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(Reference retrieved automatically from Web of Science through information on FAPESP grant and its corresponding number as mentioned in the publication by the authors.)

Crystal Structure of a Schistosoma mansoni Septin Reveals the Phenomenon of Strand Slippage in Septins Dependent on the Nature of the Bound Nucleotide

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Author(s):
Zeraik, Ana E. [1] ; Pereira, Humberto M. [1] ; Santos, Yuri V. [1] ; Brandao-Neto, Jose [2] ; Spoerner, Michael [3] ; Santos, Maiara S. [4, 5] ; Colnago, Luiz A. [4] ; Garratt, Richard C. [1] ; Araujo, Ana P. U. [1] ; DeMarco, Ricardo [1]
Total Authors: 10
Affiliation:
[1] Univ Sao Paulo, Inst Fis Sao Carlos, BR-13563120 Sao Carlos, SP - Brazil
[2] Diamond Light Source, Didcot OX11 0DE, Oxon - England
[3] Univ Regensburg, Ctr Magnet Resonance Chem & Biomed, Inst Biophys & Phys Biochem, D-93053 Regensburg - Germany
[4] Embrapa Instrumentacao, BR-13560970 Sao Carlos, SP - Brazil
[5] Univ Sao Paulo, Inst Quim Sao Carlos, BR-13566590 Sao Carlos, SP - Brazil
Total Affiliations: 5
Document type: Journal article
Source: Journal of Biological Chemistry; v. 289, n. 11, p. 7799-7811, MAR 14 2014.
Web of Science Citations: 16
Abstract

Background: Septins are filament-forming proteins involved in membrane-remodeling events. Results: Two crystal structures of a septin with the highest resolution to date reveal the phenomenon of -strand slippage. Conclusion: A novel mechanistic framework for the influence of the nature of the bound nucleotide and the presence of Mg2+ in septins is proposed. Significance: Identification of strand slippage might contribute to elucidating the mechanism of septin association with membranes. Septins are filament-forming GTP-binding proteins involved in important cellular events, such as cytokinesis, barrier formation, and membrane remodeling. Here, we present two crystal structures of the GTPase domain of a Schistosoma mansoni septin (SmSEPT10), one bound to GDP and the other to GTP. The structures have been solved at an unprecedented resolution for septins (1.93 and 2.1 , respectively), which has allowed for unambiguous structural assignment of regions previously poorly defined. Consequently, we provide a reliable model for functional interpretation and a solid foundation for future structural studies. Upon comparing the two complexes, we observe for the first time the phenomenon of a strand slippage in septins. Such slippage generates a front-back communication mechanism between the G and NC interfaces. These data provide a novel mechanistic framework for the influence of nucleotide binding to the GTPase domain, opening new possibilities for the study of the dynamics of septin filaments. (AU)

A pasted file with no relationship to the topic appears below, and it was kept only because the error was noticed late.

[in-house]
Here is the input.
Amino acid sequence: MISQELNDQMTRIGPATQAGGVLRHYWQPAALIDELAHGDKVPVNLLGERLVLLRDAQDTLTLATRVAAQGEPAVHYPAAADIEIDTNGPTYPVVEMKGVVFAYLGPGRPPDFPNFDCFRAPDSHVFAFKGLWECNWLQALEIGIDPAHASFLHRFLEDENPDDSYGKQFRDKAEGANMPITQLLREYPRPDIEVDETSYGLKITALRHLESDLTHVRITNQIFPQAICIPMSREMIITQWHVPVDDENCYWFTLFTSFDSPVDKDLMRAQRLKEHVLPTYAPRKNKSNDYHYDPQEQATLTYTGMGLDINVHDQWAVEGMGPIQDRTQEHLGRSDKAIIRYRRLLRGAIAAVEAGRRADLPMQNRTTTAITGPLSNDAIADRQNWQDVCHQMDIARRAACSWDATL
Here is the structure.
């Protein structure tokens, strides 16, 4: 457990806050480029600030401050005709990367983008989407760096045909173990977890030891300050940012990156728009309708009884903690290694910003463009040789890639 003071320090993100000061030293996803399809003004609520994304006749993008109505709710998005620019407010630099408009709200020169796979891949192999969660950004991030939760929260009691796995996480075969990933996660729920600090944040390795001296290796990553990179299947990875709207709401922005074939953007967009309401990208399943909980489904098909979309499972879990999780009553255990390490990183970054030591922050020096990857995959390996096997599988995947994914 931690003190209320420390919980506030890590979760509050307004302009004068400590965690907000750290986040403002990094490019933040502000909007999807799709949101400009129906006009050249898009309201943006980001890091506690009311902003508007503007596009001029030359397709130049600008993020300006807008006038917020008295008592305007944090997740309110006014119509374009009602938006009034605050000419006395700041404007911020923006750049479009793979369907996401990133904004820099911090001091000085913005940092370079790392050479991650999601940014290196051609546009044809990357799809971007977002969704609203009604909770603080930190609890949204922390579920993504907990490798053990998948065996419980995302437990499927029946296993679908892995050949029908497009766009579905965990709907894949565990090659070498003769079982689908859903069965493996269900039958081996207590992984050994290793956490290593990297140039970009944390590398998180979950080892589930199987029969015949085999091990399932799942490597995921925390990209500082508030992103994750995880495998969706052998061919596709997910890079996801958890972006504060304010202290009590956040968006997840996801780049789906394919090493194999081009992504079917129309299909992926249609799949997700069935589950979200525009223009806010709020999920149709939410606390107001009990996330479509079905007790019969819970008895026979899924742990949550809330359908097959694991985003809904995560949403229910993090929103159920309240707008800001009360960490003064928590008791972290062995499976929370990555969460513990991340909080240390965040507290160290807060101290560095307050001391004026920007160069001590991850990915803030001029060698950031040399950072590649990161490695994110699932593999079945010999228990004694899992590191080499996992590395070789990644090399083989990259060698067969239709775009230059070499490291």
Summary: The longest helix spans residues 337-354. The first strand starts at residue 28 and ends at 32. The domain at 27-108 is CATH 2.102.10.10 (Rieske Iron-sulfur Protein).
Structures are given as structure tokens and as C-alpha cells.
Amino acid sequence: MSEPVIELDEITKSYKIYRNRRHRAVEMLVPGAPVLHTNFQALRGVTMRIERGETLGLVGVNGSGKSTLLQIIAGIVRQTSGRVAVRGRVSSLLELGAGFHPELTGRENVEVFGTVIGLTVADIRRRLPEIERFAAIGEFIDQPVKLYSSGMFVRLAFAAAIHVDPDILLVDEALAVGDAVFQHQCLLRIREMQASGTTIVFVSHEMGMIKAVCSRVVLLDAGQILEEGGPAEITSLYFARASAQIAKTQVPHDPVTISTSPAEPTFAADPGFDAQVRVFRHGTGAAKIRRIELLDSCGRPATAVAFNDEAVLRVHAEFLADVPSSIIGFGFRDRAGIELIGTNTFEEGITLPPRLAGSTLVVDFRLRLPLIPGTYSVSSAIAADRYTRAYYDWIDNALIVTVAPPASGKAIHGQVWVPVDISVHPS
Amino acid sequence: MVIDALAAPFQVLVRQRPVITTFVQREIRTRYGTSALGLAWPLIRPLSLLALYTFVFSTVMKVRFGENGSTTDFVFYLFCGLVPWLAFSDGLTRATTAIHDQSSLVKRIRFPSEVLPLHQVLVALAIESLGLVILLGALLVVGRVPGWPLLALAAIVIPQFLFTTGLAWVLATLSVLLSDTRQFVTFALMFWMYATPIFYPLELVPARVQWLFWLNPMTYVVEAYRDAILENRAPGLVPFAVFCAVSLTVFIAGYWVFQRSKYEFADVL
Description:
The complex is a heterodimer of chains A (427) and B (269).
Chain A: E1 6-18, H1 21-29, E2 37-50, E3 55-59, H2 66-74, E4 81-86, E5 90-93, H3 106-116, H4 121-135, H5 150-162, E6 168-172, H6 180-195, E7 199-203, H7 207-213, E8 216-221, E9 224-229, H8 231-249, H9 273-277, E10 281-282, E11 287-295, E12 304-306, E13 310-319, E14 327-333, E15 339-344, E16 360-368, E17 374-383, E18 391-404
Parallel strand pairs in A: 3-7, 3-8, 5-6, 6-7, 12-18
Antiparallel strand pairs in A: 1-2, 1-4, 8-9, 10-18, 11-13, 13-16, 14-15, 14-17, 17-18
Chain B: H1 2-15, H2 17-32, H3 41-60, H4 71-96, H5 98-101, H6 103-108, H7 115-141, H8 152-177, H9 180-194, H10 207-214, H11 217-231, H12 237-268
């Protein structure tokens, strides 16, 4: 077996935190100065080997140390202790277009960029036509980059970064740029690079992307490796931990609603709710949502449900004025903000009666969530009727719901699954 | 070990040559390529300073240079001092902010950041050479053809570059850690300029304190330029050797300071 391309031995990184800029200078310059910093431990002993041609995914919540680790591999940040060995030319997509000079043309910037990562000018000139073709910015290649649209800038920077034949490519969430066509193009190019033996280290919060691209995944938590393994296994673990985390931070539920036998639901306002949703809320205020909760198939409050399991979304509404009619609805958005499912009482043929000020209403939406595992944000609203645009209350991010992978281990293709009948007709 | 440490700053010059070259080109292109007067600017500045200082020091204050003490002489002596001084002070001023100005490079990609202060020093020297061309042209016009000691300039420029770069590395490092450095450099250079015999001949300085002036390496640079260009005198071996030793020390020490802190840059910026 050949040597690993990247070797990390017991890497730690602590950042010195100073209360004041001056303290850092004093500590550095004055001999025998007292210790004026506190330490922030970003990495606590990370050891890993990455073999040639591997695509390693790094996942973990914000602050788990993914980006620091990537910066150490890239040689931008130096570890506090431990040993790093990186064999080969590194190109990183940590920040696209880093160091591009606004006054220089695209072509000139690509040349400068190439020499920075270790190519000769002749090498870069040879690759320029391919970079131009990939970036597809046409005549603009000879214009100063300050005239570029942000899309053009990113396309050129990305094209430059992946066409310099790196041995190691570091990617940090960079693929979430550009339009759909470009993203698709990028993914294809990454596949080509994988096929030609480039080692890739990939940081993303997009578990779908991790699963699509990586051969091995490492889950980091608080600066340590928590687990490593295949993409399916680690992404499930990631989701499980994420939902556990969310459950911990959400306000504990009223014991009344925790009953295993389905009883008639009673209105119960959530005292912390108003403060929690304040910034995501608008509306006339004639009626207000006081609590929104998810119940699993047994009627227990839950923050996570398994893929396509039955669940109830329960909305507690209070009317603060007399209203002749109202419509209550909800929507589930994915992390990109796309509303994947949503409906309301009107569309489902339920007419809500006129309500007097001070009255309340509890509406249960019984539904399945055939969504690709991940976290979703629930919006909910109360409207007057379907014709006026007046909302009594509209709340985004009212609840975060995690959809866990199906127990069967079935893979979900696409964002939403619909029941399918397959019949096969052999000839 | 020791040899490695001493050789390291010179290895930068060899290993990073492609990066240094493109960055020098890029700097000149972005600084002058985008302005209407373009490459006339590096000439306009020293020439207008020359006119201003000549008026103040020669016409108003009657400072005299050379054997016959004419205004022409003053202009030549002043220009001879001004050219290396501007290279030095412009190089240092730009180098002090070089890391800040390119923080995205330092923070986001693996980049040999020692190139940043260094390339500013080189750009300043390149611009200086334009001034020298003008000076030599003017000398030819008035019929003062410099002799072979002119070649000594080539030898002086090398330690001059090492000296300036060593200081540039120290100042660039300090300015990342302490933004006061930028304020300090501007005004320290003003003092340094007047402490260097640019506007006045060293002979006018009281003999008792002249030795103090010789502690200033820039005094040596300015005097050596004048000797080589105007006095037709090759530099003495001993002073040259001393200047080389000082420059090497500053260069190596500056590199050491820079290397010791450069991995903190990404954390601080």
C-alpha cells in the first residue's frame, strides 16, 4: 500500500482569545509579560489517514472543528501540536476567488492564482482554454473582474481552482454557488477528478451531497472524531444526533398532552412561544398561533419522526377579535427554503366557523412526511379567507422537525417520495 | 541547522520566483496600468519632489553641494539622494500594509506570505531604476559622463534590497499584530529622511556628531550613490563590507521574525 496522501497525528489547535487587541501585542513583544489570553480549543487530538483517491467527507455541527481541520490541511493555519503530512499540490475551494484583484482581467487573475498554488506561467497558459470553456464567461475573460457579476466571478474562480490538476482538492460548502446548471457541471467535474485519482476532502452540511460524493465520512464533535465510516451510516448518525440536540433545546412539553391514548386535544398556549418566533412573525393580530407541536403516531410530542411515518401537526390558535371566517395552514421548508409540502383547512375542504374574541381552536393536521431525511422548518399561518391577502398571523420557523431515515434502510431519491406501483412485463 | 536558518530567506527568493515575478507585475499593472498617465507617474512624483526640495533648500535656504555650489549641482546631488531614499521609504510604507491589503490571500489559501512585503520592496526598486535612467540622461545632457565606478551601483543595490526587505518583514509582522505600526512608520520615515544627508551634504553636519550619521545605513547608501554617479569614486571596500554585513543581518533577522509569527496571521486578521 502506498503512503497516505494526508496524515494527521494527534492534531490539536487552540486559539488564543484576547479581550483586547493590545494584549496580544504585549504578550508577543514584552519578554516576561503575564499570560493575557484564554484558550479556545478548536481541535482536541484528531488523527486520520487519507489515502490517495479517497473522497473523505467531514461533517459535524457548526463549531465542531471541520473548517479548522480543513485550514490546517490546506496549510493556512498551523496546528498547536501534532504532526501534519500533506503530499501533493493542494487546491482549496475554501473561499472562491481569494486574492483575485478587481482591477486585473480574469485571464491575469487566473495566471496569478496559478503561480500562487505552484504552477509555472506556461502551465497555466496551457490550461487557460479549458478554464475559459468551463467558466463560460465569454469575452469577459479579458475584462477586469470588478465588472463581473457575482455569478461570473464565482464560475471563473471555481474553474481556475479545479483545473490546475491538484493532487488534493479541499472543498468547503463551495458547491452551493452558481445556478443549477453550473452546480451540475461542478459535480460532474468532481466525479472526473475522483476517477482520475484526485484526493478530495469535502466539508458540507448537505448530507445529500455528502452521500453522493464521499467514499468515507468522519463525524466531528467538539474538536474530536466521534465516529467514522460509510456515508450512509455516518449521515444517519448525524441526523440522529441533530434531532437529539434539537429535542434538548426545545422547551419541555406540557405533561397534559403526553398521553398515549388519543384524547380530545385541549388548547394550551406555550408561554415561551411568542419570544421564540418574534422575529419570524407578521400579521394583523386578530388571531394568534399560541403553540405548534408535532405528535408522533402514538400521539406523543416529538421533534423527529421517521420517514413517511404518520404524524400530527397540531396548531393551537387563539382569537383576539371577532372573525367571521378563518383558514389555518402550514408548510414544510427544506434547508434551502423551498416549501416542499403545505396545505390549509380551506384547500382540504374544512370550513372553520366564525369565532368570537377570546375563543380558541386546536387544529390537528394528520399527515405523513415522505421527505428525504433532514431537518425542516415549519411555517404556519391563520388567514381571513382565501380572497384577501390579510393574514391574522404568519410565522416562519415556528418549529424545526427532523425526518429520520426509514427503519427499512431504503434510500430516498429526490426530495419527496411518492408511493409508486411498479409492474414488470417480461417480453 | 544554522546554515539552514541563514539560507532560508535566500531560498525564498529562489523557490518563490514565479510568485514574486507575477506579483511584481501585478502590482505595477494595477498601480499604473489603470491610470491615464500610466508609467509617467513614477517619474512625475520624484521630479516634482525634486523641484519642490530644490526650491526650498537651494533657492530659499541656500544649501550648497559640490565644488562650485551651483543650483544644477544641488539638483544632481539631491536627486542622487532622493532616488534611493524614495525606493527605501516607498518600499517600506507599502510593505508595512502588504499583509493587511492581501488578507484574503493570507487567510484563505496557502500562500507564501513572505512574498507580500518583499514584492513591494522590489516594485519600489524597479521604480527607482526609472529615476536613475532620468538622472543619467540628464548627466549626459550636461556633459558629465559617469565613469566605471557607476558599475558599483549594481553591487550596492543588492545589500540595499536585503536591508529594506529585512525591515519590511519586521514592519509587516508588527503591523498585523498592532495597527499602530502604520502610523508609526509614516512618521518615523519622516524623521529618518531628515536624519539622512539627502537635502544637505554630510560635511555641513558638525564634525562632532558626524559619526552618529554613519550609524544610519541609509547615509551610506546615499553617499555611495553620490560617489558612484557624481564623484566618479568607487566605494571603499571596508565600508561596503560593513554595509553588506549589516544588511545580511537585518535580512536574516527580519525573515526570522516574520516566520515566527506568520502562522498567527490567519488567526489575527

FAPESP's process: 08/57910-0 - National Institute of Structural Biotechnology and Medicinal Chemistry in Infectious Diseases
Grantee:Richard Charles Garratt
Support type: Research Projects - Thematic Grants